“I’m so bored. I hate my life.” - Britney Spears

Das Langweilige ist interessant geworden, weil das Interessante angefangen hat langweilig zu werden. – Thomas Mann

"Never for money/always for love" - The Talking Heads

Thursday, May 17, 2007

holy and unholy fools in the streets

- Sophie Calle, Les dormeurs

Okay. To summarize our last post, Fred Hirsch proposed that, enfolded within the material economy, there is a positional economy, one derived from and dependent on social hierarchy. This is a broader notion than Ann Krueger’s rent-seeking, which was also being floated by the neo-classicals in the 70s, but you can see how they dovetail with one another. While Krueger thinks the extraction of rents is ‘non-productive’, Hirsch is saying, in effect, that Krueger is using the criteria of the material economy to analyze the positional economy, and that won’t do. In fact, there are positional goods and services, and one of the key drivers of the material economy since the dawn of capitalism has been positional competition.

Well, LI could spell out the current political implications of Hirsch’s notion – but we’d prefer to apply Hirsch’s notion to the little thread of history that LI has made its little theme over the past six months. If you take the positional economy as the lens through which you view the history of the early modern era, Foucault’s L’age classique, one possible interpretation leaps to mind – or to a mind ready to catch the larger leapers. In the early modern era, the great bourgeois project was to liberate the positional market, as it were. Much of the work of the enlightened philosophers was to that end. At the same time, by one of those fateful pieces of dialectical luck, their identity as philosophers was undermined by their success at this task. In other words, the philosopher as a type was tied to a certain kind of positional market – a highly rigid one. Far into the 18th century, the philosopher as a type really had a strong influence on the real philosopher, be he Locke or Condorcet. This figure was a sage. As a sage, he was bound to the ascetic ethos that developed a sort of hole in the rigid positional economy – proposed a way out of it. Renounced it. And here’s where the dialectical luck comes in – the culminating point for the liberation of the positional market was encoded in Jefferson’s phrase, the pursuit of happiness. Now, as it happens, the pursuit of happiness and the pursuit of wisdom had been rivals – well, since Socrates was a pup. As the pursuit of happiness came to dominate the tenor of the positional market, the space in which the sage could exist was squeezed shut. The sage, in that space, took up a relation to the buffoon – his figural other, partner, foe – as well as to a way of thinking of the spacing of human life (how one should age) and practices consonant thereto.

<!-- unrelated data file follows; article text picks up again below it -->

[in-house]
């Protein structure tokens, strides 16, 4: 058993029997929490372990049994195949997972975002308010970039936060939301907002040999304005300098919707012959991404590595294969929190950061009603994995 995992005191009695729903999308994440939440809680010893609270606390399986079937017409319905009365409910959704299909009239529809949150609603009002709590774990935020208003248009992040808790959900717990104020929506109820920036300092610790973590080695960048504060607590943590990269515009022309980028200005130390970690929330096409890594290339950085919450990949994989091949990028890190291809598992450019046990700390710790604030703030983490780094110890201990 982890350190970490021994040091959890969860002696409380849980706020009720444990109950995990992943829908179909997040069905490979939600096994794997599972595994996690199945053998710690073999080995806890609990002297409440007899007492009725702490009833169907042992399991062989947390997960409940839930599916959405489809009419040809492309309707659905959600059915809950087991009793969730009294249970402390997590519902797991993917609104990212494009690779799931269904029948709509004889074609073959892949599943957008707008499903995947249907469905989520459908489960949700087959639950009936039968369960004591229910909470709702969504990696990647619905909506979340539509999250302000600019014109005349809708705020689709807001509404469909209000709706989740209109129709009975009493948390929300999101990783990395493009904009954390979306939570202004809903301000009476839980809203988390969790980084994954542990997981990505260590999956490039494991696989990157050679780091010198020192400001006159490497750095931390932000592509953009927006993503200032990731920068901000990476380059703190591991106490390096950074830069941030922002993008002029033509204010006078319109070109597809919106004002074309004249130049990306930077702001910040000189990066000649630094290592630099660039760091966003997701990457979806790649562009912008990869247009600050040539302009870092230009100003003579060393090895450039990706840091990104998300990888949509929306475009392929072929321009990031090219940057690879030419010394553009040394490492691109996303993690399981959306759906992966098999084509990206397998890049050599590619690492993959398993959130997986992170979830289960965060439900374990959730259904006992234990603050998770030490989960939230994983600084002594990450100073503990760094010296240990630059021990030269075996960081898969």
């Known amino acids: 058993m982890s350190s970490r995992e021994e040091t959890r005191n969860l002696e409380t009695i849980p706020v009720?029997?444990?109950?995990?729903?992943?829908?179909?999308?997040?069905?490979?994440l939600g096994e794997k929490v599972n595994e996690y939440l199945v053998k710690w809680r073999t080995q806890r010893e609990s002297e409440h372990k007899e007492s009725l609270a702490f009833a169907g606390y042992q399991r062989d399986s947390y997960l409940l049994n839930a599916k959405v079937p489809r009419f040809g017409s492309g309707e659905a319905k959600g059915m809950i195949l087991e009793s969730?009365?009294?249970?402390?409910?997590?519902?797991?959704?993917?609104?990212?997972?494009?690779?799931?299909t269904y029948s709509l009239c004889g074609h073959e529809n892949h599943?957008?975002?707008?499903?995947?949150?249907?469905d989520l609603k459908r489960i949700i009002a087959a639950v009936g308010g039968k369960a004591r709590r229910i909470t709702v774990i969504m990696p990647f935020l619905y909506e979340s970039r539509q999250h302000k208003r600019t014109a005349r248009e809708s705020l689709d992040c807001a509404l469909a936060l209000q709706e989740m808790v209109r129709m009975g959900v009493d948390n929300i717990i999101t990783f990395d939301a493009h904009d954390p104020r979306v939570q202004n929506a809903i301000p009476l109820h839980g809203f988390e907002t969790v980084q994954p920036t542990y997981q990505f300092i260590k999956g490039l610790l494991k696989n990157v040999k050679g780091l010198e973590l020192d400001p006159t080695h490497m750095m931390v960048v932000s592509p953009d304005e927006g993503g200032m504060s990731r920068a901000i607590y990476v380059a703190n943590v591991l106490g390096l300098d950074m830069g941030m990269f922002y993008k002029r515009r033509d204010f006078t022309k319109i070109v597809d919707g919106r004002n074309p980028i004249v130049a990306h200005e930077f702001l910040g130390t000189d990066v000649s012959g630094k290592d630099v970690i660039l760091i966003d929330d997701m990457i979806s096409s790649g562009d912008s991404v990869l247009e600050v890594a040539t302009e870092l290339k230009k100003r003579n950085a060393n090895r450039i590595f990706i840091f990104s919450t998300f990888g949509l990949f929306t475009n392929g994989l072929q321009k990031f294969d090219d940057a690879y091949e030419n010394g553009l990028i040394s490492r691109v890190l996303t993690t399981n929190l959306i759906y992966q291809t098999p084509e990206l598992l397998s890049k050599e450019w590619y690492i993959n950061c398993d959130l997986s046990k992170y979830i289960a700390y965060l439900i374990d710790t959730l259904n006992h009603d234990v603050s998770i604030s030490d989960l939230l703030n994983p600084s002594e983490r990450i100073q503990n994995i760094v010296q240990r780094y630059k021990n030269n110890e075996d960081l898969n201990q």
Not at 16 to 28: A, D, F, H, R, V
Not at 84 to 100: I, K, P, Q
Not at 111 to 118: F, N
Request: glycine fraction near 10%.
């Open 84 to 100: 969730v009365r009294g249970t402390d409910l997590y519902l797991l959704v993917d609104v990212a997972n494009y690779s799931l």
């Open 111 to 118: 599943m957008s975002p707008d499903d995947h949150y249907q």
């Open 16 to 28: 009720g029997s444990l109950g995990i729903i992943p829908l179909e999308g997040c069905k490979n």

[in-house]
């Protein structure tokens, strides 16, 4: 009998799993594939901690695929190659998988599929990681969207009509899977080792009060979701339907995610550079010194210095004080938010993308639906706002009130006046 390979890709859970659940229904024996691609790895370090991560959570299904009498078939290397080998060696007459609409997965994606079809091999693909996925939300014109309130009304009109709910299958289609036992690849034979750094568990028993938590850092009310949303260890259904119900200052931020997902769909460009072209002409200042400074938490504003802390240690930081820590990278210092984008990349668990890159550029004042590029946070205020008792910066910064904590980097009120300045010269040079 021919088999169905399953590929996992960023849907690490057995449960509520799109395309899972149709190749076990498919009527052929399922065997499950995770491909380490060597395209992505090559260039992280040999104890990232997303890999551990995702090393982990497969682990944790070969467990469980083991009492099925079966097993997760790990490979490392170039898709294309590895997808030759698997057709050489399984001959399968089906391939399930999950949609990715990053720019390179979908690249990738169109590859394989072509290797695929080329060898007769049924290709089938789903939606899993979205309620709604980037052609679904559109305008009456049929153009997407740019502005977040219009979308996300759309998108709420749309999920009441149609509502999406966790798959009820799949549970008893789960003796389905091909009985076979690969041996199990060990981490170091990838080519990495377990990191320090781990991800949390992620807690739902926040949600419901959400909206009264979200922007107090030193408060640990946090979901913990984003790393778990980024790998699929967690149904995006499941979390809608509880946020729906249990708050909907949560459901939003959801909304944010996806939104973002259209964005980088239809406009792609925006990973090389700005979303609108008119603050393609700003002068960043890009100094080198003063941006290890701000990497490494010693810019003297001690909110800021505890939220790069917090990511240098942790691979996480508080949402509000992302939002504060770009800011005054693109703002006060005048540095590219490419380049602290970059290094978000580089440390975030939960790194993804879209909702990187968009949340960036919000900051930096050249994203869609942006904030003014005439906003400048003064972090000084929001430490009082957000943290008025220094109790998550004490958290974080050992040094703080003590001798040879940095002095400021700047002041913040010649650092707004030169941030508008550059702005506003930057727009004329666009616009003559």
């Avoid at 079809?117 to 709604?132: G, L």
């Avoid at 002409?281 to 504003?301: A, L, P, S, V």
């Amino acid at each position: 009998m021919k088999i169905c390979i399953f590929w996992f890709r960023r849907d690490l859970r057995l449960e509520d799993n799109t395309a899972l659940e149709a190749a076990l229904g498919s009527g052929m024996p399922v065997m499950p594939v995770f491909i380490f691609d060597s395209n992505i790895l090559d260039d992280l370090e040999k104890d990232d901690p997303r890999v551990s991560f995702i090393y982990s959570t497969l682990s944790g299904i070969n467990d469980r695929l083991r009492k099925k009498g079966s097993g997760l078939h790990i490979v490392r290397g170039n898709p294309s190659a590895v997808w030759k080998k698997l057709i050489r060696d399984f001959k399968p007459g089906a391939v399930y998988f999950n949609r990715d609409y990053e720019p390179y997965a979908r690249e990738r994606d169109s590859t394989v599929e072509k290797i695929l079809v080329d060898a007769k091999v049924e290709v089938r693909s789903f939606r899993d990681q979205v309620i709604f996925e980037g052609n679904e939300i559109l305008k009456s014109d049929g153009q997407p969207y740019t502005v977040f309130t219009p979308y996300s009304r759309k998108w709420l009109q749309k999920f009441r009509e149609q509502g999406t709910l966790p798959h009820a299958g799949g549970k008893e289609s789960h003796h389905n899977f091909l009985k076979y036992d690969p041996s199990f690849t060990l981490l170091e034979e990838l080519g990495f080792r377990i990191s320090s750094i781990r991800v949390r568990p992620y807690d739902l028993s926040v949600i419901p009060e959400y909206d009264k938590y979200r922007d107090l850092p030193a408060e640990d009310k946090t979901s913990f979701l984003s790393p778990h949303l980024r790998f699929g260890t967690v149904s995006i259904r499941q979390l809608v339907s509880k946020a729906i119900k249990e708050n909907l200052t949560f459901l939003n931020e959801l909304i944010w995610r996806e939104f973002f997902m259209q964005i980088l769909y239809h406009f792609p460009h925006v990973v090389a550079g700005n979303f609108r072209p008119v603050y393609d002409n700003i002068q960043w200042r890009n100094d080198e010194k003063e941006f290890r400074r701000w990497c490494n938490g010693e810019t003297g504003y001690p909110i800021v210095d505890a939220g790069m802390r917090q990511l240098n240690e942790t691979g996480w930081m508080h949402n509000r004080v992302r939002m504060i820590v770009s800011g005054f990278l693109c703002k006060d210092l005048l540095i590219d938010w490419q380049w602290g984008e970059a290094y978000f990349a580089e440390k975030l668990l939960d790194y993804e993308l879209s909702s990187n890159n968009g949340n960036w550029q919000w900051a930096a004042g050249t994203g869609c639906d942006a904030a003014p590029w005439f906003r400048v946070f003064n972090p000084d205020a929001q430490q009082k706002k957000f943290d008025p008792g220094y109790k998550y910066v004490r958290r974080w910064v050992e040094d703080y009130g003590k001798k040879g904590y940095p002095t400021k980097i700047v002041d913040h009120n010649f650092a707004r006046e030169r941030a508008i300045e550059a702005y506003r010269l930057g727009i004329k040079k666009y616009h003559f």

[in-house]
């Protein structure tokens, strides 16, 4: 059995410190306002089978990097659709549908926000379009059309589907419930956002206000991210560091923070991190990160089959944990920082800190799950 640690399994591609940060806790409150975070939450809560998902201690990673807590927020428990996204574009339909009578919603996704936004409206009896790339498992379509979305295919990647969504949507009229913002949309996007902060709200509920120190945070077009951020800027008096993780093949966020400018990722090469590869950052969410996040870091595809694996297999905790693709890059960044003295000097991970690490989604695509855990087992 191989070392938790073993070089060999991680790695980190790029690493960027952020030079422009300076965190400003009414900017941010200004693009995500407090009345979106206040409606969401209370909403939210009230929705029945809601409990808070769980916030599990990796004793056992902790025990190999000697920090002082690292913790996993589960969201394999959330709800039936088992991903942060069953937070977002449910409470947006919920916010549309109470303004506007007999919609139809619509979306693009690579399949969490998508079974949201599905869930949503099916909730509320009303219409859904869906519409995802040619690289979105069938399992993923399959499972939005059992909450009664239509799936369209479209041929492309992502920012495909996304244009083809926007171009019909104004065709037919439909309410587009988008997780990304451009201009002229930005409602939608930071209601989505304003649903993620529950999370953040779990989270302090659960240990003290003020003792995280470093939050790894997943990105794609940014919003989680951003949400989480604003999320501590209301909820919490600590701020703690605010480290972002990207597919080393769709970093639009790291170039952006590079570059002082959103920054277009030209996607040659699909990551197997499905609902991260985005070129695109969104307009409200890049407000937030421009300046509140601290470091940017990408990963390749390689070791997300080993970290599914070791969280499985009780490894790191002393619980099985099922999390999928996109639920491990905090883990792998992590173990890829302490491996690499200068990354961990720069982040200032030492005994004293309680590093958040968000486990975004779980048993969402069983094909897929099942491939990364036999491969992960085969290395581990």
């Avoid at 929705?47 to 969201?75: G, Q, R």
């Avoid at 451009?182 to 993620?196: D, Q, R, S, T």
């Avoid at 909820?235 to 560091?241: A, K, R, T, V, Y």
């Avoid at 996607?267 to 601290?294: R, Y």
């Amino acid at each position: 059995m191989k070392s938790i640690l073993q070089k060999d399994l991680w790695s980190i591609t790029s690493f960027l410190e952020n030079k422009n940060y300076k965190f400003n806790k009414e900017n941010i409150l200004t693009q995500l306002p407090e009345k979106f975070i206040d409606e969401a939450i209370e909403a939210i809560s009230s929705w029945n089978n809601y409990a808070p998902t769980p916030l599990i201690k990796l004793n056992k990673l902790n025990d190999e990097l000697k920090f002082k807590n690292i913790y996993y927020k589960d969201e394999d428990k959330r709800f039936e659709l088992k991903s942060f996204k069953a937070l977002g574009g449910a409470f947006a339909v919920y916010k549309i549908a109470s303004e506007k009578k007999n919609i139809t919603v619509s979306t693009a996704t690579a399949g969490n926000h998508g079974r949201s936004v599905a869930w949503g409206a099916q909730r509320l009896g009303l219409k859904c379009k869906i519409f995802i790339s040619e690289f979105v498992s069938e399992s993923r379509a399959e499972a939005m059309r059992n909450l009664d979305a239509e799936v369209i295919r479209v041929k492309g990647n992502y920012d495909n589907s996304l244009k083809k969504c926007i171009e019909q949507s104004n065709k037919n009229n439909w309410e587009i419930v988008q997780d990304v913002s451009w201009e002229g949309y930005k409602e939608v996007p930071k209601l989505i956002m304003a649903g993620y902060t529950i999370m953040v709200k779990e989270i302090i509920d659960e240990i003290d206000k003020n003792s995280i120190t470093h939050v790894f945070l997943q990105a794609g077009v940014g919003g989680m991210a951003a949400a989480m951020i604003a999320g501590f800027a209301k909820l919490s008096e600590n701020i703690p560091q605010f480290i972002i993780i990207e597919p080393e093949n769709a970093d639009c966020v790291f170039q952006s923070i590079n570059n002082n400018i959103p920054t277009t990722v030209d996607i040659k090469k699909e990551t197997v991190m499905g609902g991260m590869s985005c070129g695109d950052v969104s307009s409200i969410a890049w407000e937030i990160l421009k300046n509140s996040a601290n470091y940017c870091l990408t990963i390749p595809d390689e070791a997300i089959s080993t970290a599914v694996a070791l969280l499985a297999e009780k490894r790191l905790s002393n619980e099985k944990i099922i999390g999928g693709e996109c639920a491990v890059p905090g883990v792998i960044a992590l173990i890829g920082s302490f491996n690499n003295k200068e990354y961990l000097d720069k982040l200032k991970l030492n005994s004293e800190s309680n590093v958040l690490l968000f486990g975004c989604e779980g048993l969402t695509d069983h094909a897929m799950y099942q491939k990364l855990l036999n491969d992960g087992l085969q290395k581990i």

So yeah, ha ha – we’ve come back to sages and buffoons. You didn’t think I was letting them go, did you?
More on this in a later post.

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